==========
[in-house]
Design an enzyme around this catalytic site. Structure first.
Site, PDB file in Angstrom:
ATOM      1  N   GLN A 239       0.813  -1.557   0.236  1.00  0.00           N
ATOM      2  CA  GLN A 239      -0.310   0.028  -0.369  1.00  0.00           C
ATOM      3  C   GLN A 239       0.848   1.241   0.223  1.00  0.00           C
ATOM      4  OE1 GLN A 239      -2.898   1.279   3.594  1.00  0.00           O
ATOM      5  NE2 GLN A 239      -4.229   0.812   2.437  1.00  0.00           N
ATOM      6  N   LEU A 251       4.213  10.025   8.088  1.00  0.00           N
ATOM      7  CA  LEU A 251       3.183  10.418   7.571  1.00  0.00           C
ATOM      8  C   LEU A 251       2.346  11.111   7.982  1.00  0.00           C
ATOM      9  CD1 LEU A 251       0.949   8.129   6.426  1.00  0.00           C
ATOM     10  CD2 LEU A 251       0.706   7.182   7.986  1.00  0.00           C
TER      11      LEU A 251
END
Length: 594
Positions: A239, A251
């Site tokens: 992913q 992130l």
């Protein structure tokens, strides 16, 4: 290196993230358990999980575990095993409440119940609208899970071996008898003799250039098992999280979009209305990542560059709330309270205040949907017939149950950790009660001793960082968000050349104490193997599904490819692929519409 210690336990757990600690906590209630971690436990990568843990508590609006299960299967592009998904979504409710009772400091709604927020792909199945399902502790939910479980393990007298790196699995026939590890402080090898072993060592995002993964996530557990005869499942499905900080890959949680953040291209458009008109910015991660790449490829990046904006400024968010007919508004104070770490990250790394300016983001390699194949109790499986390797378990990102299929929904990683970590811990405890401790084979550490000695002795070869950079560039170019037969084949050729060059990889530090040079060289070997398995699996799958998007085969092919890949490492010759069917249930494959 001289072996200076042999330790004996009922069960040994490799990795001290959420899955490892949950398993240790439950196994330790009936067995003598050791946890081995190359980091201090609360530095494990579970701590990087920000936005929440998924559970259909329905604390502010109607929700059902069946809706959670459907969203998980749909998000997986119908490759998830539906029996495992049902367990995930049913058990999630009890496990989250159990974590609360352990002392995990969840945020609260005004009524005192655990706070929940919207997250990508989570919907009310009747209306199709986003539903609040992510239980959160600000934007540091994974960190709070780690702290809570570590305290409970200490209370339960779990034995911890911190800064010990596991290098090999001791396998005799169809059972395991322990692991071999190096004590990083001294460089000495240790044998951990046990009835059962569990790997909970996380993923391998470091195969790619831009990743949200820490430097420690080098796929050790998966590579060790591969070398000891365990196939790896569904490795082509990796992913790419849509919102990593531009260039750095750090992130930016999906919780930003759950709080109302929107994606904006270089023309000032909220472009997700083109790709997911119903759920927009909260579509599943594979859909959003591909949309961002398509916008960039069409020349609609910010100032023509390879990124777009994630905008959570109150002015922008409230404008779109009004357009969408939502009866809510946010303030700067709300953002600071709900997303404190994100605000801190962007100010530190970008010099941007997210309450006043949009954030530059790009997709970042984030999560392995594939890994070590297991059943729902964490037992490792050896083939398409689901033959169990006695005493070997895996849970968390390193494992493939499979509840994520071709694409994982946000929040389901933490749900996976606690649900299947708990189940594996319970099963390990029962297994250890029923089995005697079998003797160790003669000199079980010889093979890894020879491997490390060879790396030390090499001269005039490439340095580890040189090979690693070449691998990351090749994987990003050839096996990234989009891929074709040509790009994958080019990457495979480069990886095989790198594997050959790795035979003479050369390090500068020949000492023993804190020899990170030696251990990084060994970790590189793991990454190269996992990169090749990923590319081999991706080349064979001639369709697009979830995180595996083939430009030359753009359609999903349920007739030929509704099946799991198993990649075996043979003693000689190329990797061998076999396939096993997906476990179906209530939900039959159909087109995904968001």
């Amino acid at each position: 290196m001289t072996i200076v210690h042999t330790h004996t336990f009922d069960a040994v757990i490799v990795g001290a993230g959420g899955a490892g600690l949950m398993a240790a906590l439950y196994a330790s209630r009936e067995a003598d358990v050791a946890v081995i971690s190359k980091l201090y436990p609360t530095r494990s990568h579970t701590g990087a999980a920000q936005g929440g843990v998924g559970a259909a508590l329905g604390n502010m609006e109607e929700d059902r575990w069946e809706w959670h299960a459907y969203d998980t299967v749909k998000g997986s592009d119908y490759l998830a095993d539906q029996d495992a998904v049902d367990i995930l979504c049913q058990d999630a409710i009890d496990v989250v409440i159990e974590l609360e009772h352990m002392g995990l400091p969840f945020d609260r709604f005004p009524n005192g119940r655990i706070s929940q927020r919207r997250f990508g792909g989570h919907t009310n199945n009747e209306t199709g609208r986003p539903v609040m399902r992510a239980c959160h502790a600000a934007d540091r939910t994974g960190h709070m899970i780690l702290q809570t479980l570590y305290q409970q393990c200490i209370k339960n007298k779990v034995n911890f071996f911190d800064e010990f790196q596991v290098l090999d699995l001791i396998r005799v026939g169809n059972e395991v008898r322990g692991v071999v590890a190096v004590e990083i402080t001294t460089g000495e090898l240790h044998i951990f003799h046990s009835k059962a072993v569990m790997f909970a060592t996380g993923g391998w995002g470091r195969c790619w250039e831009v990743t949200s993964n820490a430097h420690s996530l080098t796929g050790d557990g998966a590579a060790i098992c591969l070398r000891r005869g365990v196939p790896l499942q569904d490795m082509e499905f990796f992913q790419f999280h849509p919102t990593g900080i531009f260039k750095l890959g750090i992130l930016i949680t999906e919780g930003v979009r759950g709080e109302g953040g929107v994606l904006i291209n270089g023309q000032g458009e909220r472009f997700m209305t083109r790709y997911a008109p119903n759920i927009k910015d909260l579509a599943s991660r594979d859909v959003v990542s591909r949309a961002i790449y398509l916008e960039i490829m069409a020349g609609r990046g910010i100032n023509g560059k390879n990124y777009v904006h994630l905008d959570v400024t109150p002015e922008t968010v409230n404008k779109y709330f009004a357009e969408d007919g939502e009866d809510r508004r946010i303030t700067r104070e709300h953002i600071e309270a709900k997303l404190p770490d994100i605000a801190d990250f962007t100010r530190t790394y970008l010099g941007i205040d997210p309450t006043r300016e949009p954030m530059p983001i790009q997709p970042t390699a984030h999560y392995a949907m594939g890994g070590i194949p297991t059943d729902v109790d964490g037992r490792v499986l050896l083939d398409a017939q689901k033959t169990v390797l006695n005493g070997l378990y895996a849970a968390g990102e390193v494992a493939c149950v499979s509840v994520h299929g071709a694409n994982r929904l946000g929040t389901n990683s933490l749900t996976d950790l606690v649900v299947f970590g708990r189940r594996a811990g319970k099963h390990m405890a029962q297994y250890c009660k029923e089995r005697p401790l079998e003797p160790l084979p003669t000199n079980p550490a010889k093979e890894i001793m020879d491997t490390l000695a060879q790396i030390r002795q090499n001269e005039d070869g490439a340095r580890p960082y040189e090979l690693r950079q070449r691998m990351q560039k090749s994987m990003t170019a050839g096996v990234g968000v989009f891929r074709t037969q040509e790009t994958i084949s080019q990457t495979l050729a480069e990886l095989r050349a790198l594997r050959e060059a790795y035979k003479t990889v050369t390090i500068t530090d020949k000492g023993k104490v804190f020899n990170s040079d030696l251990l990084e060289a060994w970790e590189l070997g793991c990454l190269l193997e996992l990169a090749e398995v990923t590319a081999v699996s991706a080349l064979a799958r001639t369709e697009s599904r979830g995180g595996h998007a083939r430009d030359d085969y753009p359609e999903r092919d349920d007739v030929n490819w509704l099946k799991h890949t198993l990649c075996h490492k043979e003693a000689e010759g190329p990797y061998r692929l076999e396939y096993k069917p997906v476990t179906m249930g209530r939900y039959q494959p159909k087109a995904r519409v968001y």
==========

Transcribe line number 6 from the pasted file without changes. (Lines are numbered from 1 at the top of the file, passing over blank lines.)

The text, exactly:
ATOM      3  C   GLN A 239       0.848   1.241   0.223  1.00  0.00           C